Cover Story

By Brian Soergel

Some things just make sense. Putting saxophonists Kirk Whalum and Gerald Albright on a new tour called Sax for Stax, a highlight of this month’s VF Outlet Berks Jazz Fest, zooms right to the top of the list.

"Oh, we’re really excited about this tour," said Whalum. "It has a lot of great music, of course, and people will enjoy themselves and sing along with the songs. I think Sax for Stax will have to come back in a few other versions before it’s over."

The tour ties in to the inspiring comeback of the legendary Stax Records, which opened in Memphis in 1959 and quickly earned the city its nickname of Soulsville USA. Before declaring bankruptcy in late 1975, Stax helped define the gritty side of American soul music through artists such as Isaac Hayes, Sam and Dave, the Staples Singers, Otis Redding and Booker T. & The MGs. In 2003, the Stax Museum of American Soul Music opened at the site of the original Stax Recording Studios, which was torn down in 1989. Now, Stax Records is back as a subsidiary of Concord Music Group.
Of course, both Whalum and Albright grew up on Stax Music––Whalum from his home in Memphis and Albright in his native Los Angeles. In 2003, Whalum released Into My Soul, which honored the great Memphis musicians of the past and spotlighted young Memphis musicians of the present. One Memphis star of the past on the new CD was the late Isaac Hayes, who died last August. Feeling the tug of his roots, Whalum recently relocated to Memphis with wife Ruby after living in L.A., Houston and Paris. Soon after, the new Stax Music Academy selected Whalum as its first artist in residence.

Similarly, Albright always knew that the Stax sound was special to his inspiration as a saxophone player. Last year he paid tribute to his idols with the CD Sax for Stax, from which the tour is named. It offered cover songs and originals, the latter including “Walkin’ Down Beale Street” with a guest appearance by––you guessed it––Whalum. The song takes its title from the iconic Memphis street at the center of the city’s musical history.

"Kirk and I have been longtime friends, and originally that song was going to go on a duet record of ours,” says Albright. “So I actually wrote a song kind of in that flavor, which felt so good to me at the time and it felt so compatible to the whole Stax thing. And as far as tenor players go, Kirk’s one of the most soulful of the modern-day players.”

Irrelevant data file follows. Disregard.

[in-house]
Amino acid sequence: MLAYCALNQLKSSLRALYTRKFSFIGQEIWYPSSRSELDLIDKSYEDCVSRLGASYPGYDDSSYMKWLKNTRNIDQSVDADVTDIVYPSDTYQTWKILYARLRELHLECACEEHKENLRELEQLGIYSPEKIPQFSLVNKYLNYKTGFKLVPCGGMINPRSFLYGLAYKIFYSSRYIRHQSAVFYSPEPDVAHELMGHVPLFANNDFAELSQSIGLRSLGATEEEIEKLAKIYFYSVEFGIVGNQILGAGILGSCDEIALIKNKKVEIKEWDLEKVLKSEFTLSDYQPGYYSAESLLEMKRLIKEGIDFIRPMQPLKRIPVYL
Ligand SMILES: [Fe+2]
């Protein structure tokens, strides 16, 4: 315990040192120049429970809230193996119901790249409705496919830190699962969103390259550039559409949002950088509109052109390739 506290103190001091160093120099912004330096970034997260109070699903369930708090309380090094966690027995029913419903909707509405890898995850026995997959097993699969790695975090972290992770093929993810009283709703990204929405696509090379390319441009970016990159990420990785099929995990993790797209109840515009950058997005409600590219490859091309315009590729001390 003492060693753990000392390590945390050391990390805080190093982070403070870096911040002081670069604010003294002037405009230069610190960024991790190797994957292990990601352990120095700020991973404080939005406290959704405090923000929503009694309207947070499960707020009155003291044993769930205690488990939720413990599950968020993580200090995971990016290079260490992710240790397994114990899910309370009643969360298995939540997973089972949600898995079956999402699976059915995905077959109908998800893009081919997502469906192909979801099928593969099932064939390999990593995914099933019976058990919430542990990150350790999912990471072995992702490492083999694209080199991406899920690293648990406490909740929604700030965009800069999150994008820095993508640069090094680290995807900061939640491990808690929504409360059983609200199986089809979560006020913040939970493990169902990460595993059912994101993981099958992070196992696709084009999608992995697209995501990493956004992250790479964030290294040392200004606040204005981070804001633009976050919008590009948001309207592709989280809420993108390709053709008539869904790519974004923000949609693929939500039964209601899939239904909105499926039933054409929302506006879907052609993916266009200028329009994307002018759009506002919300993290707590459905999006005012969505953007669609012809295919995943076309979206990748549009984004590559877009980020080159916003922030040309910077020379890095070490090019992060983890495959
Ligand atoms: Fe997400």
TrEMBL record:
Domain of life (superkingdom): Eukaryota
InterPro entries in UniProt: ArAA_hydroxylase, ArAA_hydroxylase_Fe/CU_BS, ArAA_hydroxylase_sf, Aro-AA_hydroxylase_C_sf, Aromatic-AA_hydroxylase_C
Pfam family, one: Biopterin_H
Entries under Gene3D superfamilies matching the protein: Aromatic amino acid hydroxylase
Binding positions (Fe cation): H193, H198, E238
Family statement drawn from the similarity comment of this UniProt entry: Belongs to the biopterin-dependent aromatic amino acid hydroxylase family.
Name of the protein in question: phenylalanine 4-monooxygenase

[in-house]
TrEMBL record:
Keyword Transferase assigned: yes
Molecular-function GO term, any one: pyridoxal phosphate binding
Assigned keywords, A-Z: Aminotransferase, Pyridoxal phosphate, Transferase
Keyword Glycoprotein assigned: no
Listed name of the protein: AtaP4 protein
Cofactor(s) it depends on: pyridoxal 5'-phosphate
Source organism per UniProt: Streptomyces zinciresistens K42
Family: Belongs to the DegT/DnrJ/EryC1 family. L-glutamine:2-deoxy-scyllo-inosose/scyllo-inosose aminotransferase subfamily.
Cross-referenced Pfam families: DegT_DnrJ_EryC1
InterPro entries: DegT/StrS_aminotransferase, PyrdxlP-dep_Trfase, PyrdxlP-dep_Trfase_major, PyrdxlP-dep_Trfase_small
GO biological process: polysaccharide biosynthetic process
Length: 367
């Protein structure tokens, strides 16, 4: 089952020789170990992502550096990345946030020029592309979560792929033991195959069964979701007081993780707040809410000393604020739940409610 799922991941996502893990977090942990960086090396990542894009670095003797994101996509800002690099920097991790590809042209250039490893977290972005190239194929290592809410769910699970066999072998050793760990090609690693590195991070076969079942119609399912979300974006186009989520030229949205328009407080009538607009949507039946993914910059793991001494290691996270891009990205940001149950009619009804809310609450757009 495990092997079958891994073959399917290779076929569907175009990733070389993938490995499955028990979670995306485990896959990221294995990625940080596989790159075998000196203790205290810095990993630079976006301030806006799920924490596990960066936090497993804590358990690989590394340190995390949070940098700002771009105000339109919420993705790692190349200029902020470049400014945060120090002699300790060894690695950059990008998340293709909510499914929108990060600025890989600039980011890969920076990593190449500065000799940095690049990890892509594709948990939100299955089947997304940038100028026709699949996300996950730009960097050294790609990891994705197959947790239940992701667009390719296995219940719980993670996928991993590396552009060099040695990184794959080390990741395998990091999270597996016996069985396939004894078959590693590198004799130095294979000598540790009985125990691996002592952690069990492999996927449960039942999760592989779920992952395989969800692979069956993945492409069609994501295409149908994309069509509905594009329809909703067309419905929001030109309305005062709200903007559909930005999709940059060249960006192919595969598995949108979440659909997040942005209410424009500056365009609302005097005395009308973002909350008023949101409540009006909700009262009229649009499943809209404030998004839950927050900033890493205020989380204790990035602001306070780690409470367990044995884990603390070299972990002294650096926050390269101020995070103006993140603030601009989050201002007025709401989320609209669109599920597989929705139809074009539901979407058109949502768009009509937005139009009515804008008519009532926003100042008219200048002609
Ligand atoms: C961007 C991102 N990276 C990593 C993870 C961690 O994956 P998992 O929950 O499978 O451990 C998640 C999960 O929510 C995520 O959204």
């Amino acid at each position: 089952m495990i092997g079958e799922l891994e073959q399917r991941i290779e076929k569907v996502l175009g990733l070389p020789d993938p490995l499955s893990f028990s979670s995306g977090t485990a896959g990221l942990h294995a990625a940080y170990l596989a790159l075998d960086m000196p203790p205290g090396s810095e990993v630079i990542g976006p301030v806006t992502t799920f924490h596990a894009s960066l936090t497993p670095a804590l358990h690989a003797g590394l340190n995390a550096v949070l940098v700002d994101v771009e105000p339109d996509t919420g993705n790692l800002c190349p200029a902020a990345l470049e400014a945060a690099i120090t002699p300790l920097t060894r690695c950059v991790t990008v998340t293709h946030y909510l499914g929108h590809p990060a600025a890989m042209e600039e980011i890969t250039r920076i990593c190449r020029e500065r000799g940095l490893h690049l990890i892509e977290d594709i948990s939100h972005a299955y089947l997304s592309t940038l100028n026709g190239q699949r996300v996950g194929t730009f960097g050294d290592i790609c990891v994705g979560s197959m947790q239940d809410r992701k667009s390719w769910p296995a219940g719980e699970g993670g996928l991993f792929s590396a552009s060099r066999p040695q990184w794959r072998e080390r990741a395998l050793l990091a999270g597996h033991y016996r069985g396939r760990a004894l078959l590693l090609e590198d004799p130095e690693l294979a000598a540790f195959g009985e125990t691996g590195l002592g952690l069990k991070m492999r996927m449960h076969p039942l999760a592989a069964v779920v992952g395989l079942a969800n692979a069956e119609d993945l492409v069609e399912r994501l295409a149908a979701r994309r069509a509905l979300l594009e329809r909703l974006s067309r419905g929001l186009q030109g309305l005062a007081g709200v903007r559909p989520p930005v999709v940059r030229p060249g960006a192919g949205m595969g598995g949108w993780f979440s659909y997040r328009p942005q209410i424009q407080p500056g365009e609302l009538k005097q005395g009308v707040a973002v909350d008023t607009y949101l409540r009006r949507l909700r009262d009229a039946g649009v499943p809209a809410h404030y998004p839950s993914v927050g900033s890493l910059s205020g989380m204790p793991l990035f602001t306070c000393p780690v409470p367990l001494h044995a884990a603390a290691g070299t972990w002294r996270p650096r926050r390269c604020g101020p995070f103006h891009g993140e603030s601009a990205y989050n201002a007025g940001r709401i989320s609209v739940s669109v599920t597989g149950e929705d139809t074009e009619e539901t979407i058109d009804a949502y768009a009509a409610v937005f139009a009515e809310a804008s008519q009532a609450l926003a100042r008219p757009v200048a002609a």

Whalum is equally admiring of his touring partner. “I just about fell out of my chair when I heard he was doing the Stax record,” he said. “He’s arguably the quintessential voice of the alto sax of the 21st century.” Whalum said that he and Albright will be performing many of the songs from Albright’s GRAMMY-nominated CD, which includes “Knock on Wood,” “Never Can Say Goodbye,” “Cheaper to Keep Her,” “What You See Is What You Get” and “Respect Yourself.” “The CD and tour highlights tell the story of Stax Records. It’s a story people already know because when they hear the songs they go, ‘I know that song.’ But a lot of times people don’t realize it’s a Stax thing, a Memphis thing.”

The Sax for Stax band includes keyboardist Tracy Carter, bassist Melvin Davis, drummer J.J. Williams and guitarist Gary Goin. Goin, as Whalum notes, is a native of Memphis who was a protégé of Stax’s David Porter, best known as Isaac Hayes’ songwriting partner.

"Gary’s from the source," Whalum said. “He’ll be right there on stage funkin’ it up on that skanky Memphis blues, country, soul, whatever it is that made Steve Cropper and those great Memphis guitar players idols all over the world.”

Whalum, Albright and the band will also be playing some of their own original material, such as tunes from Whalum’s 2007 CD, Roundtrip, also GRAMMY-nominated. True to its title, Whalum calls it a journey through the past, present and future of his music. The CD features new compositions and re-imaginings of his popular, career-defining hits, including “Glow” and “The Wave.”**

 **The complete story can be found in the March issue of Smooth Jazz News. Subscribe today. Receive 11 editions of Smooth Jazz News per year, mailed monthly (February through December), for $35.

For more information on Whalum, including his discography and complete tour schedule, visit